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The Moggill Historical Society was formed in 2013 to provide to research, preserve and promote the history and heritage of the Moggill district including, but not restricted to, the Brisbane suburbs of Moggill, Bellbowrie, Anstead, Pullenvale and Pinjarra Hills.

History of The Moggill Uniting Church.

Presented to Moggill Historical Society meeting, 30 July 2013 by Margaret and Don Greer


In 1823, John Oxley landed at several places in an area later to be called Moggill.
In 1851, Moggill was surveyed and the land made available for settlement. Soon after, farmers, coal miners, timber getters and shop keepers became the first pioneers of the district.

The first known Church Service to be held in Moggill was conducted by a Methodist preacher in the home of Mr T. Makepeace in December 1856. For years, private homes were the venues for services. Mr J Lumsden took up land at the end of Lather Road, and some services were held in his barn. (BTW, Lather Rd was named after the Lather family, and is pronounced 'Lartha', rhyming with 'father'.) Some references to chapels have been found but we do not know their location. Visiting ministers from Brisbane faced a weekend trip of 30 miles each way up the river from Brisbane sometimes in a rowing boat! Although the new settlers belonged to a variety of denominations, they missed no opportunity to worship whenever a minister of any persuasion visited.

It took until 5 May 1868 for the Moggill Wesleyan Methodists to build and open their first Church. It formed part of the present "old" Church. Originally it was neither lined nor ceiled, and had a shingle roof and cedar window frames. It is believed that the list of foundation members of the Moggill Church included the following names: Finlay, Hallett, Heiner, Makepeace, Pook, Sexton, Shield, and Sugars, and Don is related to most of these, and his family have been associated with the church activities over many years into the 20th century. His mother (a Sugars) was Secretary to the Ladies Guild for about 25 years.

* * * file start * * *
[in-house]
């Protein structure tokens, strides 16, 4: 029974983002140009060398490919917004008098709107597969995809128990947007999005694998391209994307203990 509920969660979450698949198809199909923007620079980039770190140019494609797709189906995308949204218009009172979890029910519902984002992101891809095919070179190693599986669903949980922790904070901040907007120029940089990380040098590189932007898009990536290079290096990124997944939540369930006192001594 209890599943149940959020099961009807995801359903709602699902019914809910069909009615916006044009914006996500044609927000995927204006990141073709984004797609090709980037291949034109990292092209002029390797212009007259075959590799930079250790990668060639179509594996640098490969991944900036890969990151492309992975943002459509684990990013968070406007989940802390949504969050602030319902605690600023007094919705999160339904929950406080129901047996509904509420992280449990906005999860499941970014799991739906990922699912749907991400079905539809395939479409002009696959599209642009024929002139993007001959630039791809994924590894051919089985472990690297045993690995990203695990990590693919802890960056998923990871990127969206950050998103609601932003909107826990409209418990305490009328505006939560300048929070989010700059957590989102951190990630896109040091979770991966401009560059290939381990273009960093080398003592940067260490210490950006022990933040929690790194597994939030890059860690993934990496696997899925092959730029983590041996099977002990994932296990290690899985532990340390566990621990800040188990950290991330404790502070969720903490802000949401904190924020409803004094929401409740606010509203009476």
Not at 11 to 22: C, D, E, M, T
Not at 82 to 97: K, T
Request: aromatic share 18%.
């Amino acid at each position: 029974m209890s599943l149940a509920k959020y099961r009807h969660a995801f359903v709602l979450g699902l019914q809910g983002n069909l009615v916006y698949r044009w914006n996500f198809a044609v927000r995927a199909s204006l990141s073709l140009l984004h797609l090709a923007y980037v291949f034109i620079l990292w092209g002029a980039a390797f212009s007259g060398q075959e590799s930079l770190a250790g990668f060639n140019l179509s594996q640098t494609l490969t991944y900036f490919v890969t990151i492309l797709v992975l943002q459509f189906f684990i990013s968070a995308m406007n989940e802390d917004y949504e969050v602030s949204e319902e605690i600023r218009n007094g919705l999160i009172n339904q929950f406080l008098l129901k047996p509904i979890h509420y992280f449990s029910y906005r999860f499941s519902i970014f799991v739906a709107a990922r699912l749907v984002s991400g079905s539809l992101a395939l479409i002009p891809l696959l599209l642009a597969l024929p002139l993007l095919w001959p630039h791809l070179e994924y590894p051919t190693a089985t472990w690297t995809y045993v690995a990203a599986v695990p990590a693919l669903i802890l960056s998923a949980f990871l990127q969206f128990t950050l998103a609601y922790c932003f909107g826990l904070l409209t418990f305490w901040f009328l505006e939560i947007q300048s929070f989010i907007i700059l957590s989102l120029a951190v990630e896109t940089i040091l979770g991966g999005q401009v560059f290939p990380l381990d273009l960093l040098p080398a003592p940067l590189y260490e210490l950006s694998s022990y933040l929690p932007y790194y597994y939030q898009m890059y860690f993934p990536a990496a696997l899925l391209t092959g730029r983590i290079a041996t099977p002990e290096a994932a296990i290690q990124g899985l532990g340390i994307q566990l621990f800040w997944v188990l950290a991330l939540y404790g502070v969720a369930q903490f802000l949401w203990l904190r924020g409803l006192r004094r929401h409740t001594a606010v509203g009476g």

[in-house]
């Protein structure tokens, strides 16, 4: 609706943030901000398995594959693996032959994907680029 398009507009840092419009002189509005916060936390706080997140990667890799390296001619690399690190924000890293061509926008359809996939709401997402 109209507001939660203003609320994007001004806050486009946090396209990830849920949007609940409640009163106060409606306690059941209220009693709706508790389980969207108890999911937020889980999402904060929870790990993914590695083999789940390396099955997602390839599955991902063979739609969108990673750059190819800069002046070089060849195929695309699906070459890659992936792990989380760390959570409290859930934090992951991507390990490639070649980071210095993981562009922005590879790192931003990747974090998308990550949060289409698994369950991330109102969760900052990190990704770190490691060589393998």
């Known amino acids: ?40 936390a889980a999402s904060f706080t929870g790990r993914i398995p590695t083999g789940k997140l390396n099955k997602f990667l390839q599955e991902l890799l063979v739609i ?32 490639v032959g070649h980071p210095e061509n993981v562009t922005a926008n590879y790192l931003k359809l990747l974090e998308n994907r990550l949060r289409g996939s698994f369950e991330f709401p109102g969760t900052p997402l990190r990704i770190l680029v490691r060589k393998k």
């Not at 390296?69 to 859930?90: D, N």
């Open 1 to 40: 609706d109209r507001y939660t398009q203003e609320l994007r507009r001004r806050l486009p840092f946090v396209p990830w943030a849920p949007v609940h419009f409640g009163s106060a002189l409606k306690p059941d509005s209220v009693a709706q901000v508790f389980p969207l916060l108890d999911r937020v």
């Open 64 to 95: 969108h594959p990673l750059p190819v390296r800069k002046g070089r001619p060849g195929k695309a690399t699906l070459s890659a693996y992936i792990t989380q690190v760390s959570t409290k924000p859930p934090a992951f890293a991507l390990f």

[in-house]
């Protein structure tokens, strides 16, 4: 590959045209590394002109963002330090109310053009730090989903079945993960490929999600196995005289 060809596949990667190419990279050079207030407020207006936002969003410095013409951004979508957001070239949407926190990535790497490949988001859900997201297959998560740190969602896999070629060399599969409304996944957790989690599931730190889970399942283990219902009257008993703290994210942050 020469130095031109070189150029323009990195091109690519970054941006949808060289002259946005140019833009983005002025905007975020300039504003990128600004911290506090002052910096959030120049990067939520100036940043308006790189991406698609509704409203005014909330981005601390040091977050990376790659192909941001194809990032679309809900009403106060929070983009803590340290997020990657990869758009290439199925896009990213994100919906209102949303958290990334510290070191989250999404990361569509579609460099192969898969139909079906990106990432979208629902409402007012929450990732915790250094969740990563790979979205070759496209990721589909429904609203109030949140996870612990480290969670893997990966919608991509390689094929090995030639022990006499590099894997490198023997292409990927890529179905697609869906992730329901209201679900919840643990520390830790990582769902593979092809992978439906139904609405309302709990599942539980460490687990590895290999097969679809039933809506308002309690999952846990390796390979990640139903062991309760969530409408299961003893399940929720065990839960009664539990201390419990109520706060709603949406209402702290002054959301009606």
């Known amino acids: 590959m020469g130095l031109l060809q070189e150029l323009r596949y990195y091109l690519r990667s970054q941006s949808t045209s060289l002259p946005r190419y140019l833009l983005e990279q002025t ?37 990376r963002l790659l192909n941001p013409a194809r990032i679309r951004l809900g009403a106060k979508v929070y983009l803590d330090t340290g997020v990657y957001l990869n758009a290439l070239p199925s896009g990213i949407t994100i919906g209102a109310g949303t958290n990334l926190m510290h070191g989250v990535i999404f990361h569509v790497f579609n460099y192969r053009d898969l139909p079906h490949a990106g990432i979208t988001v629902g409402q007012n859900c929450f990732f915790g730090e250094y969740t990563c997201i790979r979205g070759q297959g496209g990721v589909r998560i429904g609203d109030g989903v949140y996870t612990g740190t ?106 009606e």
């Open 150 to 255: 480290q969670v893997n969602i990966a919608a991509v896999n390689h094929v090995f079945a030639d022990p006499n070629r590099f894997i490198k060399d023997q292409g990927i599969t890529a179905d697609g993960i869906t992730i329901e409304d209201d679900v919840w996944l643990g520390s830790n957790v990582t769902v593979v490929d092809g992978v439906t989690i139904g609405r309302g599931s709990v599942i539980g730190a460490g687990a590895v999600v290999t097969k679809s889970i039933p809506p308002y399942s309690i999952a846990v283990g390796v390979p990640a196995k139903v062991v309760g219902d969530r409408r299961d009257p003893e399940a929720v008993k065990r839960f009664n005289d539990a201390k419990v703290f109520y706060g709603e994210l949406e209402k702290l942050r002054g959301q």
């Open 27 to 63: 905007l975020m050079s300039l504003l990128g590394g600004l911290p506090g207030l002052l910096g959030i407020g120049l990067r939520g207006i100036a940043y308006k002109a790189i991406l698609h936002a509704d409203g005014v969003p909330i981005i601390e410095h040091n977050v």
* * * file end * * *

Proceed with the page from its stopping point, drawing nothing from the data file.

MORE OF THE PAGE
The Minute Books and Books of Account of the Committee are available from 1894 on, it being thought that the earlier ones were lost in the 1893 flood. We therefore know that in 1896 our first organ cost 15, and before that we had an harmonium. We know that the ceiling was added in 1897 for 9/14/-, and in 1904 the Church was lined, and extended, the vestry added and the shingle roof was replaced with galvanised iron. It is interesting to note that the work was financed by public subscription, and cost 87/13/-.

At the turn of the century, then, we had a building which was enlarged and improved. The Congregation always remembered the foundation of the Moggill Church, and used to have public Annual Tea Meetings around the anniversary of the opening of the church building in May 1868. Perhaps you are like me, and imagined that the food provided at such tea meetings would have been home-baked, and prepared with lots of home-churned butter and eggs. What a disillusionment to find that in 1902, for example, the food was bought, and consisted of a ham, 12 loaves of bread, 3lb butter, cakes, 1 case of apples, and a few bananas! The admission charges were 1/- for adults and 6d for children. A similar tea was still being presented in the 1920's, with admission charges risen to 1/6 and 9d. They sold any cake and fruit left over.